Overview of Drug Development




               Rajendra.Sadare
Senior Software Engineer-Testing and Validation
          ...
New Drug Development


          A scientific endeavor,

        highly regulated because

   of legitimate Public Health ...
Clinical Trials: Major Questions
  What happens to the drug in the body? (PK)

  What happens to the body when given the...
Concepts In Clinical Development
 Pharmacokinetics (PK):           Evaluation or quantification
  (absorption, distributi...
Concepts In Clinical Development
  Efficacy
    - A treatment is considered ineffective unless
    scientifically / clini...
Clinical Development
Trial #1    Overall summary assessments
              of:
            • Pharmacokinetics
Trial #2    ...
The History of Clinical Trials
 First controlled clinical trial


      1753 – Lind’s study comparing the use of
       ...
The History of Clinical
Trials
  First randomised controlled clinical trial

       1948- First use of a randomised cont...
Selecting The Population For Clinical
Trials
        Concepts: Study Population
 Each patient is unique

 Drug trials ne...
Concepts In Clinical Development
Dose - Response Relationship
             Threshold Dose                Maximally Effecti...
Standards Of Clinical Development
 Key concepts in clinical trial design
 • Control:    active (positive)
                ...
Patient Control Groups: Why?

• To provide a standard for comparison of new therapy

• To eliminate positive bias toward n...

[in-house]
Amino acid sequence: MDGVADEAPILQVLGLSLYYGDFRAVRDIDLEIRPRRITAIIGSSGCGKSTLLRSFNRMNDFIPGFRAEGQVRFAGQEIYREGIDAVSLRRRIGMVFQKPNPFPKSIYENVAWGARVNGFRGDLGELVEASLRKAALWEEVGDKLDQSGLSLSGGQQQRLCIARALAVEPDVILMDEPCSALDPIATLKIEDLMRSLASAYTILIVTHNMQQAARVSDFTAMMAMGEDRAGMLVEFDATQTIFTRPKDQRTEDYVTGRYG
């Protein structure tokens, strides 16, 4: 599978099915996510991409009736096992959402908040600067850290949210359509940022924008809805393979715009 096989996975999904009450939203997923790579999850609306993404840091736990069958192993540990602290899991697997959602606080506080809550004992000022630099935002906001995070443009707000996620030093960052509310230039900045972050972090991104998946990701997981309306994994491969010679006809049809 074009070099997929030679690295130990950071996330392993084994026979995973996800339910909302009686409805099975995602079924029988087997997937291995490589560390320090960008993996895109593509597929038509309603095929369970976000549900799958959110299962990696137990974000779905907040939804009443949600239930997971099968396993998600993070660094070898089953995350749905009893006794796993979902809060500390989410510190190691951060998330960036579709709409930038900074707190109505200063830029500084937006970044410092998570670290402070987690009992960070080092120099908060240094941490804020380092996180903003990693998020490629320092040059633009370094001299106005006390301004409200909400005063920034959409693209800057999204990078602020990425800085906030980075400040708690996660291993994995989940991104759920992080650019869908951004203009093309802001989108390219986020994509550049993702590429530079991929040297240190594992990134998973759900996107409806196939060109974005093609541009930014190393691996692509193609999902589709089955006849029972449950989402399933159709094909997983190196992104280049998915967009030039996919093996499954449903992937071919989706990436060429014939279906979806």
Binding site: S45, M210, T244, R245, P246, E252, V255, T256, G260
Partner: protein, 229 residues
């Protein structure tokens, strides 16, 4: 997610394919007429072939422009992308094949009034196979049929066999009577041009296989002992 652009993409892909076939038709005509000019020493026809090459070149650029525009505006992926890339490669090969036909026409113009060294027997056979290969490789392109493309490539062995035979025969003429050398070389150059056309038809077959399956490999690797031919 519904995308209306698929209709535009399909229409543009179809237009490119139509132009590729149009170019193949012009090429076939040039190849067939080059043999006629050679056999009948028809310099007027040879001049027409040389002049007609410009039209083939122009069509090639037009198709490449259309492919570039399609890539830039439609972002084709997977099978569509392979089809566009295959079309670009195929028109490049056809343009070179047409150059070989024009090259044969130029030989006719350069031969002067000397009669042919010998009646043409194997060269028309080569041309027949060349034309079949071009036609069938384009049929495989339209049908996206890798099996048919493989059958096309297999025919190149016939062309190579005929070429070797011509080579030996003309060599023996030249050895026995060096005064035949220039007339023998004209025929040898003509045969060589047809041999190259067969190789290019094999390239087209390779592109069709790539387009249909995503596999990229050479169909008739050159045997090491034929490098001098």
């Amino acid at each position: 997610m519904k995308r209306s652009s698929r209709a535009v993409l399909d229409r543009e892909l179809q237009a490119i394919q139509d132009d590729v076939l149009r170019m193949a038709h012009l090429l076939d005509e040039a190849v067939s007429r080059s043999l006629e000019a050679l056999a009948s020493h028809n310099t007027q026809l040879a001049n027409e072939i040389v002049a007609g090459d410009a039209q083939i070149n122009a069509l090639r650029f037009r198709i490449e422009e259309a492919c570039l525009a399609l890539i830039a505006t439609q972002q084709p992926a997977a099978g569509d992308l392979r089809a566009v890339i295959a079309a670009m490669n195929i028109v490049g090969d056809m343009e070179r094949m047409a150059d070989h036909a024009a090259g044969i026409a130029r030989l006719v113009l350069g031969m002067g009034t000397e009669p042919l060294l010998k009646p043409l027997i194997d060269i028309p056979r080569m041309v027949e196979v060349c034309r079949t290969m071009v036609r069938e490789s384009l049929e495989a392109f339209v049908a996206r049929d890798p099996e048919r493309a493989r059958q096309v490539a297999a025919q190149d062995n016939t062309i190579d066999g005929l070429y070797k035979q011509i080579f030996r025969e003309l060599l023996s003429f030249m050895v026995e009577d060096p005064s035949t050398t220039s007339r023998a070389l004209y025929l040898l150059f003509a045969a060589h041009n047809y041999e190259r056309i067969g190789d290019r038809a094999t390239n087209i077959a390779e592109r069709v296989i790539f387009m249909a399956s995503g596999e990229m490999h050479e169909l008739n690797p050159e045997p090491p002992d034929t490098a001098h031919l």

Essential Elements of a “Rigorous” Clinical
Trial
 Appropriate study design (treatment structure)
 Concurrent control gr...
Standards of Clinical Development

  US law requests “substantial evidence” to support
  claim of effectiveness for new dr...
Major Stages of Drug Development –
as per US-FDA
Preclinical Testing
  IND Application
      Clinical Testing – Phase I
  ...
Clinical Testing –
          Phase I
 Involves giving the drug to a small number of healthy
  volunteers

 Determines th...
Phase I trials (Volunteer studies)
OBJECTIVES
 metabolic and excretory pathways (impinges on toxicity
  testing in animal...
Clinical Testing –
         Phase II
 Involves giving the drug to a large group (100-300) of
  patients who have the dise...
Patient studies (Phase II trials)

OBJECTIVES:
 indication for use
 type of patient
 severity of disease
 dose range, ...
Clinical Testing – Phase
             III
 Involves administering the drug to a large number of
  patients (1000-3000)

...
Phase III trials


 more certain data for the objectives of phase 2
  studies
 interactions between drugs start to becom...
Clinical Testing – Phase
            IV
 Once the NDA is approved and the drug is available,
  post-marketing studies are...
Major Stages of Drug Development – as per
         US-FDA
Preclinical I                           Clinical            NDA ...
Good Science + Good Study Logistics
=
Good Clinical Development


        Regulatory authority
         satisfaction
    ...
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Core Drug Development Cycle

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Core Drug Development Cycle

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Transcript of "Core Drug Development Cycle"

  1. 1. Overview of Drug Development Rajendra.Sadare Senior Software Engineer-Testing and Validation Arisglobal Software Pvt.Ltd